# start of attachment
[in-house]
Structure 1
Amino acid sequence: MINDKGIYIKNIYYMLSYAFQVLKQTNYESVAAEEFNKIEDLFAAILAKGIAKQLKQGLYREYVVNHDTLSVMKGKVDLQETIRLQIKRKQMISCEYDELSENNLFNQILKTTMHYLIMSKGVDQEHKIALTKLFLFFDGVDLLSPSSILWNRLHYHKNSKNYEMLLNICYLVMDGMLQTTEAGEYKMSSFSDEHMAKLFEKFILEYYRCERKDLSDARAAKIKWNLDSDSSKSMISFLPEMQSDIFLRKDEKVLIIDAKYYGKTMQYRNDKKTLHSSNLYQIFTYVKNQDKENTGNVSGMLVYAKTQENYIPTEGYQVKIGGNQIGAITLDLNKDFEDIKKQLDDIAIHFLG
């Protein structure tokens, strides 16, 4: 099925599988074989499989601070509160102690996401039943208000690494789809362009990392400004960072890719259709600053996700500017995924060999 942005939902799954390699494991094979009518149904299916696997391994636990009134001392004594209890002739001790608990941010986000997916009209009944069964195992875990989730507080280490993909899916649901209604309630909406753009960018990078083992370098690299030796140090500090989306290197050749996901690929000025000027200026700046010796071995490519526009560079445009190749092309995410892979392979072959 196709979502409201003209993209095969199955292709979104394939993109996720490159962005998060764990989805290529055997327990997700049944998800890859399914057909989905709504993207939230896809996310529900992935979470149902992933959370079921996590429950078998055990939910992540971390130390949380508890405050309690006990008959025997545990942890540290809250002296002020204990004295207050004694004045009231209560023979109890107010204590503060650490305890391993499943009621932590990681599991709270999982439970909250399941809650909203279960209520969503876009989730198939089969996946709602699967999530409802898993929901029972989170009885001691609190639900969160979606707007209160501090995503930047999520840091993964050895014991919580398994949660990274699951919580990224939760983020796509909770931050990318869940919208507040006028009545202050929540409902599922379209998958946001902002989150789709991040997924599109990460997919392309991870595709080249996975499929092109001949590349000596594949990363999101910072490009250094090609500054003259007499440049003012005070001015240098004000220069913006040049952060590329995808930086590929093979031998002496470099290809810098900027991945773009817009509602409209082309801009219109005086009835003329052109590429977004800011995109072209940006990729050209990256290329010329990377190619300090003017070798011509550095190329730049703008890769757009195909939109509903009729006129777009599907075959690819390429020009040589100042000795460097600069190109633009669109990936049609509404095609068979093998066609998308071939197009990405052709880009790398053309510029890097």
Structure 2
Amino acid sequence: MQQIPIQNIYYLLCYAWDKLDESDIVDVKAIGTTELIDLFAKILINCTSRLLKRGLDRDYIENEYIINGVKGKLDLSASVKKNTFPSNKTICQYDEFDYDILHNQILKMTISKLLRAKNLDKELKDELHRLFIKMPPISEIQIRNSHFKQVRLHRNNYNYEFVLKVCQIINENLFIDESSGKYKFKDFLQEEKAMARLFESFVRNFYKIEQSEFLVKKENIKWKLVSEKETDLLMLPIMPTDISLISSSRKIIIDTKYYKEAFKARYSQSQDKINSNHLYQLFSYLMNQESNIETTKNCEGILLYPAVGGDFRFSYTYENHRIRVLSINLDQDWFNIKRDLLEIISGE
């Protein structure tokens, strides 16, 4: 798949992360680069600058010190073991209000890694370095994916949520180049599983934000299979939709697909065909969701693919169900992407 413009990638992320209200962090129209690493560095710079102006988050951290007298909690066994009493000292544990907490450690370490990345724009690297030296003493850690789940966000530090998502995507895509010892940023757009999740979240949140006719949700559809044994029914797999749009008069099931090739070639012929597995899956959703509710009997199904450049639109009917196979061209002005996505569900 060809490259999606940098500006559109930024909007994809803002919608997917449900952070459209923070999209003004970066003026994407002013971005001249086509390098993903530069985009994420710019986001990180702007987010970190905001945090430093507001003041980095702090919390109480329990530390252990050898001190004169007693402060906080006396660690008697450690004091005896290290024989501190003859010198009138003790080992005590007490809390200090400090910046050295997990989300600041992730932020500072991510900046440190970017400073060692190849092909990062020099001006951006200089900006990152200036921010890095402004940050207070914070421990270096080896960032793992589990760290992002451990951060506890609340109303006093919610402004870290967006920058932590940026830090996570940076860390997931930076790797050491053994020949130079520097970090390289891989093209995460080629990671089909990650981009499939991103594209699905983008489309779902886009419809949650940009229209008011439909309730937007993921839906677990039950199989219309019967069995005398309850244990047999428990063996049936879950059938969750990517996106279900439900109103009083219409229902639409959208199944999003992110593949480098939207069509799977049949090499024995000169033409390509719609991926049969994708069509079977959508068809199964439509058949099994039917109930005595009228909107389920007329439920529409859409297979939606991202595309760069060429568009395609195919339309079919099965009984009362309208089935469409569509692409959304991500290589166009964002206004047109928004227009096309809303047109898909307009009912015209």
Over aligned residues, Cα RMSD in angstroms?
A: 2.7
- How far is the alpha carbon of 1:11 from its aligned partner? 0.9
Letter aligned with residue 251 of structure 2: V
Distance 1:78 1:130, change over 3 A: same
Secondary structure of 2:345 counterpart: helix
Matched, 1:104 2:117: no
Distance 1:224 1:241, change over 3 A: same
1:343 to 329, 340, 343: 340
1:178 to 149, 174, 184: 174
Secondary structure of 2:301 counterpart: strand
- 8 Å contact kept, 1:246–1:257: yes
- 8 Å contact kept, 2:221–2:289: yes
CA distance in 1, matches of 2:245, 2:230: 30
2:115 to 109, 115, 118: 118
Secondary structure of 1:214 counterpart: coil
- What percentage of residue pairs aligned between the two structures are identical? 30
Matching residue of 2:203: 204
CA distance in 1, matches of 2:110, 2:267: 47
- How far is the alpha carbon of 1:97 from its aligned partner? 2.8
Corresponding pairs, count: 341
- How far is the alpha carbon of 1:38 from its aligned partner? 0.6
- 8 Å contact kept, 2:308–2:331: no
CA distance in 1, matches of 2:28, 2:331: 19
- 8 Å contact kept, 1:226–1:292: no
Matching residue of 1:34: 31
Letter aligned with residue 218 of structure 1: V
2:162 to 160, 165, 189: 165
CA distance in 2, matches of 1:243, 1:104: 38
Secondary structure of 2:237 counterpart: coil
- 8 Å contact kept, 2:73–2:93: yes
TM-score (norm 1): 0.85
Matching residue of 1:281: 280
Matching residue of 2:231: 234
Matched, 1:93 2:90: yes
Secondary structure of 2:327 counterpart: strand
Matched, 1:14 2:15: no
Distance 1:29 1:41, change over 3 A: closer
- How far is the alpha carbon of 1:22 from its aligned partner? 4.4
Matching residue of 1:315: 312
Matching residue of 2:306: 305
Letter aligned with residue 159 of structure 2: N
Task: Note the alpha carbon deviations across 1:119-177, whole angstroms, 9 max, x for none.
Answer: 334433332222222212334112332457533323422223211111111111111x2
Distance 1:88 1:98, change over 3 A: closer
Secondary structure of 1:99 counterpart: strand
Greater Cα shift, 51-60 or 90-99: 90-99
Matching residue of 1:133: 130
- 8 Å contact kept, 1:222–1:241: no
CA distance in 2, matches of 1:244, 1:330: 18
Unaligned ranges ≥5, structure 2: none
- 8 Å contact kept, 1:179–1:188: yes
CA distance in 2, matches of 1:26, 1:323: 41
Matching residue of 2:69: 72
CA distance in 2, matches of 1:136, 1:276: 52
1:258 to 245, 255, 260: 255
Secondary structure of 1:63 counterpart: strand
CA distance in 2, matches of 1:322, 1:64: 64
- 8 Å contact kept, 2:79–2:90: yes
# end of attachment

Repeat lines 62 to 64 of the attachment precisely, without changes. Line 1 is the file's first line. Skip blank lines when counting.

CA distance in 2, matches of 1:136, 1:276: 52
1:258 to 245, 255, 260: 255
Secondary structure of 1:63 counterpart: strand